2. Limits. Again, movie references made calculus bearable. As if I didn’t respect Tina Fey enough already, she slipped some real math into Mean Girls.  The limit does not exist.

the-limit-does-not-exist-mean-girls

 

3. Retakes. I have retaken every test except one this year. Supposedly, no one is allowed to retake calculus exams, but I found a loophole: math tutoring. I spend several hours in the library at calc tutoring after school each week, struggling with the latest concepts and pretending not to cry. Even with extra help, I still perform on a subpar level when it comes time to demonstrate my knowledge on the exam. Ninety percent of the semester grade is based on tests, so subpar doesn’t really work for me. Fortunately, the calc teachers are willing to let students who try hard–and still fail miserably–give it another go (and another and another and another).

4. My table buddy. I’ve sat next to some really smart people who’ve helped me through derivatives and integrals and mental breakdowns. Right now, my genius Vietnamese friend sits in front of me and teaches me everything. He recently started watching Gossip Girl during class, though, so he’s been slightly less of a tutor and slightly more of an entertainer.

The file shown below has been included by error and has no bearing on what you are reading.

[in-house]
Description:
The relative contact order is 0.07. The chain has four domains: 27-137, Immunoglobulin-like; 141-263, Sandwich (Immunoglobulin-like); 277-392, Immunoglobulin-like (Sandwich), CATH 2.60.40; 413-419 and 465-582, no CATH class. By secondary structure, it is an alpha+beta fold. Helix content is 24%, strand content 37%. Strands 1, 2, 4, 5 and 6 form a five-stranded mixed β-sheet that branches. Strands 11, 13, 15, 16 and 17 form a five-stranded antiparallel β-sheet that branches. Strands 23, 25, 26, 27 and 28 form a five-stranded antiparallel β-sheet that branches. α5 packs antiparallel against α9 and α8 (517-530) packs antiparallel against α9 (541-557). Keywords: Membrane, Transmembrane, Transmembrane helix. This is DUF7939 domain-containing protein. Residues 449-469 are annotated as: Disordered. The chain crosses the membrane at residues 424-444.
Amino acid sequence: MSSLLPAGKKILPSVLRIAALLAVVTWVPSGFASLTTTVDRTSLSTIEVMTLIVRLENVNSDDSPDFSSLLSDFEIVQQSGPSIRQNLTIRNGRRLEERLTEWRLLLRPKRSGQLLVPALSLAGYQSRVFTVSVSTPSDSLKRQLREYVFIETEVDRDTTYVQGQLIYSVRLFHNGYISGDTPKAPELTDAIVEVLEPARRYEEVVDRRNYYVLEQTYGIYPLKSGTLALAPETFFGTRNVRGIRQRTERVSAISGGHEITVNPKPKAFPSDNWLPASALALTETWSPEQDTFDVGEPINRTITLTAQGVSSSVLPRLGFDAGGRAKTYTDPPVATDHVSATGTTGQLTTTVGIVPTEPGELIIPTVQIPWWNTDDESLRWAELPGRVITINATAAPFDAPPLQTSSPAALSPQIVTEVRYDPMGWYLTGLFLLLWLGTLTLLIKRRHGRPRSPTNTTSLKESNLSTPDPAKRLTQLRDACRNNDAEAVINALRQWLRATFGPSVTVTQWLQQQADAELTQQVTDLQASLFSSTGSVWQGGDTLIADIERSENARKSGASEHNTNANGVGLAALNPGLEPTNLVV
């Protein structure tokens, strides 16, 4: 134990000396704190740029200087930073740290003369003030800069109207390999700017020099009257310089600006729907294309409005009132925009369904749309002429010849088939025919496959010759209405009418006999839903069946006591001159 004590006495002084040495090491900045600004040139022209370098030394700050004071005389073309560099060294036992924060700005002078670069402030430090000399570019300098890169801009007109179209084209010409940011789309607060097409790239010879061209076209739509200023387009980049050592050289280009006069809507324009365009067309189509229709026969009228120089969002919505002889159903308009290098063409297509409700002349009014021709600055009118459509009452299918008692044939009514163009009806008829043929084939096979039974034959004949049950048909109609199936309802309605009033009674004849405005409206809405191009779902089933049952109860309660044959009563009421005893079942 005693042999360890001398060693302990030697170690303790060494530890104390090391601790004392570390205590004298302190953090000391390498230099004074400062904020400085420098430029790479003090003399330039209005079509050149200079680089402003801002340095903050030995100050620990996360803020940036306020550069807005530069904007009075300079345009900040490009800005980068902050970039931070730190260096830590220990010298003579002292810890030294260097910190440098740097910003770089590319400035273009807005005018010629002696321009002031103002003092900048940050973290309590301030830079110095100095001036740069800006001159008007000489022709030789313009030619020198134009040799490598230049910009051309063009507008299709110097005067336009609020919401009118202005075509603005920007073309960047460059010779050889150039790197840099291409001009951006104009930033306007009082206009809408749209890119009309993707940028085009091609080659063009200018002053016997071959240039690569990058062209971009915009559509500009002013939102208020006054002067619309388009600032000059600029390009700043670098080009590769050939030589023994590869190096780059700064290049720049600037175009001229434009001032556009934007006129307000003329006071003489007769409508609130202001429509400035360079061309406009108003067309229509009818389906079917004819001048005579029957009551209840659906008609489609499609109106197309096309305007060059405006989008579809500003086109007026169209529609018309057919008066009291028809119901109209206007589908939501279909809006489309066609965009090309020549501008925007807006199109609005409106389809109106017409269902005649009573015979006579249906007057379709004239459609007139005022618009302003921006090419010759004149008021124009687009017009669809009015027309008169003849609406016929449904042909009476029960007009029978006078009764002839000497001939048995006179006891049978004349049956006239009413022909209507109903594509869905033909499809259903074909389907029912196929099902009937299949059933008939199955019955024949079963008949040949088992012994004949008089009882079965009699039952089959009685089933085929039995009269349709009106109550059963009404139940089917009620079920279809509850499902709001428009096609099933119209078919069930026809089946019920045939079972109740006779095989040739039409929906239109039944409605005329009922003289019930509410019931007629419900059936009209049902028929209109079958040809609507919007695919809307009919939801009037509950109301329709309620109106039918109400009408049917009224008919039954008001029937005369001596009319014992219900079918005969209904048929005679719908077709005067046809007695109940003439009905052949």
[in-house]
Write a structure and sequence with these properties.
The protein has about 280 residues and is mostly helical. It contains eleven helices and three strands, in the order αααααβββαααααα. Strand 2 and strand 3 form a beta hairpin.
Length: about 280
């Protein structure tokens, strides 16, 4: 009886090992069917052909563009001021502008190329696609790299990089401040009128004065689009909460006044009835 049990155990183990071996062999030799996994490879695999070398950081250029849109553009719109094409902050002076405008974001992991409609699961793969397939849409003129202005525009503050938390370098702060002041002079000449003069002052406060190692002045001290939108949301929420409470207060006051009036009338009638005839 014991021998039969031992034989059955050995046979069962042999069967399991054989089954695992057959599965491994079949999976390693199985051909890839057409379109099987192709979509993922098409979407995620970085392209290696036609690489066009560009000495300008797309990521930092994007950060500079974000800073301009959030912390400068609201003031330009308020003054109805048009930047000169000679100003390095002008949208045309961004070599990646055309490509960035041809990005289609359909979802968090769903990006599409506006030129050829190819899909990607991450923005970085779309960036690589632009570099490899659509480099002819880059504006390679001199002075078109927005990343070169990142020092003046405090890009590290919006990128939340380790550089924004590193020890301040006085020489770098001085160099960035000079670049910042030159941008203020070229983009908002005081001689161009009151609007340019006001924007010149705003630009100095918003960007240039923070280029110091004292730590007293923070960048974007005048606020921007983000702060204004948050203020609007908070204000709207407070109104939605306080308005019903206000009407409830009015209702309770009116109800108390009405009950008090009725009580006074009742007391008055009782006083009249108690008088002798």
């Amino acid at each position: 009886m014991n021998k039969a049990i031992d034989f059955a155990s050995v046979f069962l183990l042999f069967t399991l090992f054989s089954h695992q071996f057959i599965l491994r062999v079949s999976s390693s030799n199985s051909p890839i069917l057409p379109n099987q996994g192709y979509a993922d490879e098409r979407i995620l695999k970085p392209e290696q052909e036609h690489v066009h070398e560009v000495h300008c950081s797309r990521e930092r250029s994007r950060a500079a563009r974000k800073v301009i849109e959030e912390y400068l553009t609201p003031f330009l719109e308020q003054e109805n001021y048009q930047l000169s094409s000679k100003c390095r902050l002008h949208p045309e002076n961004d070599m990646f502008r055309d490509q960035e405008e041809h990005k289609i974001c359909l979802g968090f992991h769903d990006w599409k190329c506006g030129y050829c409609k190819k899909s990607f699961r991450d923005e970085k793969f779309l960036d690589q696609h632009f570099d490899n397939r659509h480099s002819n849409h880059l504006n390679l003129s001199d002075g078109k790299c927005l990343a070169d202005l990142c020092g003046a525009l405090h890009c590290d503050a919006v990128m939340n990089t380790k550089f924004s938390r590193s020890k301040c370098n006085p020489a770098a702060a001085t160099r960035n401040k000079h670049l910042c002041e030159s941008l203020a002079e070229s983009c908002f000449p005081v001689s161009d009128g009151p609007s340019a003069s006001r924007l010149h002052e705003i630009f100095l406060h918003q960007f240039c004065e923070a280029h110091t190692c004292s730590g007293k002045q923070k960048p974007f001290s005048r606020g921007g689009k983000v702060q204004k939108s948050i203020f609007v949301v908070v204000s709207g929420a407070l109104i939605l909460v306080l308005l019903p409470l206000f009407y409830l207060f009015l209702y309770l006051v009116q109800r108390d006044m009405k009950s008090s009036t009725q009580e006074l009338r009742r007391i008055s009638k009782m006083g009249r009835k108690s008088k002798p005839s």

Those are the only positive moments I’ve had during my calculus career. For those of you keeping track at home, there are about 18 weeks in a semester, with an average of four class periods each week, and I’ve taken four semesters of calculus-related classes. This adds up to about one positive experience per every 72 classes. Hopefully AP Statistics will be more enjoyable. (That’s how much I hate calculus–I’m actually looking forward to taking Statistics.)

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Oculus: Blind Movie Review

My mother needed convincing. I used some of my best, most thought-out arguments:

Karen Gillian, my hero.

Karen Gillan, my hero.

“Mom, I am 17-years-old. I can handle an R-rated movie.”

“Mom, Rotten Tomatoes says there’s hardly any sex and only mild language! Blood and guts ain’t got nuthin’ on me!”

“Mom, Karen Gillan is in it! … What do you mean, you don’t know who Karen Gillan is?! Amy Pond? Doctor Who?! That Scottish chick with red hair!? You don’t remember Karen?!! Mom, she played an integral part in my life the last few years! How could you not know who she is?! I want to support her. I need to support her.”

Finally, my mom conceded because I’m such a great convincer.

Later that day, I slipped out of the Good Friday church service at 7:35 p.m. and into the crowded theater at 7:51 p.m. I later apologized to Jesus.